The Commission's practice in providing depositions and documents to respondents contrasts with the practice of some other civil law enforcement agencies during the investigative stage of their proceedings, in which the only deposition transcript supplied to the respondent is the respondent's own deposition. Further, during the pendancy of an investigation, section 6b of the APA, 5 U.S.C. 555(c), grants investigative agencies the right to deny the request of a witness for copies of transcripts of his or her own testimony based on “good cause,” such as concerns that witnesses still to be examined might be coached. Commercial Capital Corp. v. SEC, 360 F.2d 856, 858 (7th Cir. 1966). On the other hand, it can be suggested the Commission's practice contrasts with procedural rights afforded in litigation matters under the Federal Rules of Civil Procedure, which give litigants the right to attend the depositions of all persons deposed in their case and obtain copies of all deposition transcripts.
The Commission would like comments on whether and when the respective depositions (respondent, other respondents, and witness) should be released and to whom the depositions should be released. Should respondents be allowed full access to the depositions of all other respondents, including those with the same and those with competing interests, prior to the Commission's decision to sue in court? If so, should this occur only at the probable cause stage or at some point during the investigation? If the latter, when? Would full access to the deposition transcripts of all other respondents increase the likelihood of a public disclosure in violation of 2 U.S.C. 437g(a)(12)? If full access were to be granted prior to the probable cause stage, would it compromise the effectiveness of the Commission's investigations? Should respondents be allowed to attend depositions of other respondents, including those with the same and those with competing interests? If so, in what circumstances? One change in practice to make transcripts of a respondent's own testimony more readily available would be for the Office of General Counsel routinely to allow deponent-respondents to procure immediately a copy of their own transcript unless on a case-by-case basis the General Counsel concludes (or the Commission concludes, on the recommendation of the General Counsel) that it is necessary to the successful completion of the investigation to withhold the transcript until completion of the investigation.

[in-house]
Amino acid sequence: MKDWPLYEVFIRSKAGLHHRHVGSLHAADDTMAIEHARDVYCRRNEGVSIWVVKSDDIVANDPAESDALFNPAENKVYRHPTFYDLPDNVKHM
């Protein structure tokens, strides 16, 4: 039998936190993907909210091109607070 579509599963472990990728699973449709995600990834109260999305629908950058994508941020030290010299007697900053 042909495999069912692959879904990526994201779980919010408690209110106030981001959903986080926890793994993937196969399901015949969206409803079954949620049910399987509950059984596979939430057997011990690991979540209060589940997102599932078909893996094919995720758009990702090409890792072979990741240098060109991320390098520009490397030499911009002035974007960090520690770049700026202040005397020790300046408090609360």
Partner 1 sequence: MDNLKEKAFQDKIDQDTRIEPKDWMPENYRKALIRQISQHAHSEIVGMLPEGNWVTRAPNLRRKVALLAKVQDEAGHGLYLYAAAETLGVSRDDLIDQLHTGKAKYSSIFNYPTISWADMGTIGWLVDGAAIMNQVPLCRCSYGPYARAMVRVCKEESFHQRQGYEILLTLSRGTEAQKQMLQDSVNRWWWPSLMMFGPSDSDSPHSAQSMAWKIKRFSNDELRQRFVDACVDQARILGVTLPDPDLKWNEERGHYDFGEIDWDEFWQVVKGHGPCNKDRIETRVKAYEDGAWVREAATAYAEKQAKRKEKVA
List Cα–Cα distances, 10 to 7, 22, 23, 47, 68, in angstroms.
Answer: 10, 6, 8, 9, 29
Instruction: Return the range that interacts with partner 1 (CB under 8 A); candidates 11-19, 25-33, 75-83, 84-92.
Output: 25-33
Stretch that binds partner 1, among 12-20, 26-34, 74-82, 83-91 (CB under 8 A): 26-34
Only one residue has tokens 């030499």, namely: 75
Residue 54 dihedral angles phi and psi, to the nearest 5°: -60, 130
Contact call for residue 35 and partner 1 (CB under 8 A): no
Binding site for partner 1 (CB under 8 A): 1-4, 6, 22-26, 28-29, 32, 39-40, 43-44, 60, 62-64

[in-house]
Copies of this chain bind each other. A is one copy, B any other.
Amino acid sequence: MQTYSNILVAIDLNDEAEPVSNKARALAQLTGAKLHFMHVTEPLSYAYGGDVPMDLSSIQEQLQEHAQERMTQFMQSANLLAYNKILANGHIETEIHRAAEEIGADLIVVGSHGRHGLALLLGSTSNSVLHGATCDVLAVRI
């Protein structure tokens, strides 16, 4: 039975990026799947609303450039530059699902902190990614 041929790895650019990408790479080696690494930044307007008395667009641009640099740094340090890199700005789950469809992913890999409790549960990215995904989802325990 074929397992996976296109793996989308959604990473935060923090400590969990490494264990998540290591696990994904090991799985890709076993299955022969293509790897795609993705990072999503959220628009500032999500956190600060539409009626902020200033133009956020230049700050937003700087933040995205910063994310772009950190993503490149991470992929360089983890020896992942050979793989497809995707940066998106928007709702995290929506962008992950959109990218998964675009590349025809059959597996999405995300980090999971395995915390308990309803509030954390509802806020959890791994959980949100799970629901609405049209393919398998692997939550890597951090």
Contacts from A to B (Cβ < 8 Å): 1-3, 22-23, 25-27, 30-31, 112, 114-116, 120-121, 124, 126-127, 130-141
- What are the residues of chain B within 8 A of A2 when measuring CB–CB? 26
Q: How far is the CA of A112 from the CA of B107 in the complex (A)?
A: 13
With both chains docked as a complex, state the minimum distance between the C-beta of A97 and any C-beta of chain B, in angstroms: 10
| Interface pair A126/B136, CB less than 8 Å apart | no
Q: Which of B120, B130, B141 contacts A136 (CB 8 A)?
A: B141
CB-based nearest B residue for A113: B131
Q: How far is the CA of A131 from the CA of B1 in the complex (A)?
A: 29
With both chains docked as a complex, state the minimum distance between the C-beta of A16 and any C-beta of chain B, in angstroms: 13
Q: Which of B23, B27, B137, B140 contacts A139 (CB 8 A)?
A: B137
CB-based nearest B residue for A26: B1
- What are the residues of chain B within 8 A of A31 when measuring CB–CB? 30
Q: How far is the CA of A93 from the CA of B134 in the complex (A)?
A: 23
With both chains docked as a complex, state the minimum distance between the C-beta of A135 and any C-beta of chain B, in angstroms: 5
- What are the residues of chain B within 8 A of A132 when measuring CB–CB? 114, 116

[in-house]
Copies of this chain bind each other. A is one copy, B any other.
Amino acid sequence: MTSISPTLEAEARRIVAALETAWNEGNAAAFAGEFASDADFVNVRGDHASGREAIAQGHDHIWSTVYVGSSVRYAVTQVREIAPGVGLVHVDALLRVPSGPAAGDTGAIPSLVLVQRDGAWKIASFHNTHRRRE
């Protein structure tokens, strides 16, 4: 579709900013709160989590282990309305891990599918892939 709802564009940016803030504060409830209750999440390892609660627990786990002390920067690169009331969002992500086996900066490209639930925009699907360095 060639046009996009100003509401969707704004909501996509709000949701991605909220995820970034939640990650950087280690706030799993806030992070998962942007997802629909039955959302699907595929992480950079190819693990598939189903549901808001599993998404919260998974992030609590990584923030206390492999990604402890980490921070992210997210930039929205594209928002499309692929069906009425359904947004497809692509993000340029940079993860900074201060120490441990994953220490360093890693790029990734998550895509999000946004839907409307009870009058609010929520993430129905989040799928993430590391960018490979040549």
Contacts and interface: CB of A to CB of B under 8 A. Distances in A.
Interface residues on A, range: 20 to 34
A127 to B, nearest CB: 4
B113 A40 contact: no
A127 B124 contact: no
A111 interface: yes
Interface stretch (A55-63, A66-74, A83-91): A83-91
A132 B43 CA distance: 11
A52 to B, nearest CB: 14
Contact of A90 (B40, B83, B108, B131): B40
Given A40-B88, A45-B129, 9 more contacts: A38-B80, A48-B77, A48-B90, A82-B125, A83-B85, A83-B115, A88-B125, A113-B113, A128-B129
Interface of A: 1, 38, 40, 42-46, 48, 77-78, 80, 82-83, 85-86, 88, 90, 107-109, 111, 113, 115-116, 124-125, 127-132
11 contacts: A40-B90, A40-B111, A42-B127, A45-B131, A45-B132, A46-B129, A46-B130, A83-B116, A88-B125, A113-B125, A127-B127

Similarly, the Commission seeks comments on whether all relevant documents that would be required to be disclosed in civil litigation pursuant to Federal Rule of Civil Procedure 26(a) should be provided with the probable cause brief. Would it be practical to do so in cases involving voluminous records and multiple respondents? Who should bear the costs of copying documents and ordering deposition transcripts from court reporters? Would providing all such materials and allowing time for their review further delay the submission of responsive briefs? Would doing so compromise investigations? Should this be done on a case-by-case basis? Would some standard other than Rule 26(a) of the Federal Rules of Civil Procedure provide a more workable standard?
The Commission seeks comments on these or other approaches to balancing its need to conduct effective investigations with the interests of respondents seeking to support their positions before the Commission.
5. Extensions of Time
Under what circumstances, if any, should extensions of time be granted to respondents to respond to the probable cause brief? Are there particular situations in which extensions of time should be denied? If extensions are granted, should they be contingent on respondents' agreements to toll the statute of limitations for the extension period?
6. Appearance Before the Commission
Pursuant to the FECA, Respondents are permitted to present their position through written submissions in response to the complaint and the General Counsel's probable cause brief, and may also do so at the reason-to-believe stage pursuant to Commission practice. Neither the FECA nor the APA specifically provide that respondents also be permitted the opportunity to appear and present their positions in person, and the Commission has no procedure allowing such appearances in the context of MURs. The Commission seeks comment on whether respondents should be entitled to appear before the Commission, either pro se or through counsel, at the probable cause stage and on motions to quash subpoenas. If so, should appearances be limited to certain types of hearings and cases? If so, what should be the limiting criteria? What should be the scope and form of the personal appearance? Should the Commission be permitted to draw an adverse inference if respondents decline to answer certain questions or do not fully answer them? Allowing counsel to appear would add an additional procedural right, but would also lengthen the enforcement process. How would this additional step be balanced with the timeliness of completing a MUR? Is the Commission justified in prolonging the process? Would this complicate the process or add unnecessary time constraints? What would respondents achieve that they are not already afforded by the statutory process? Would affording the opportunity to appear in person before the Commission at the probable cause stage diminish respondents' interest in conciliating at an earlier stage? Would it place respondents with limited resources, or those located far from Washington, at a comparative disadvantage, and if so, is this a valid reason to restrict personal appearances for all respondents? In cases involving multiple respondents, how would the Commission protect the confidentiality of other respondents also wishing to appear? The Commission would also benefit from hearing about whether other civil law enforcement agencies provide for personal appearances before agency decision-makers.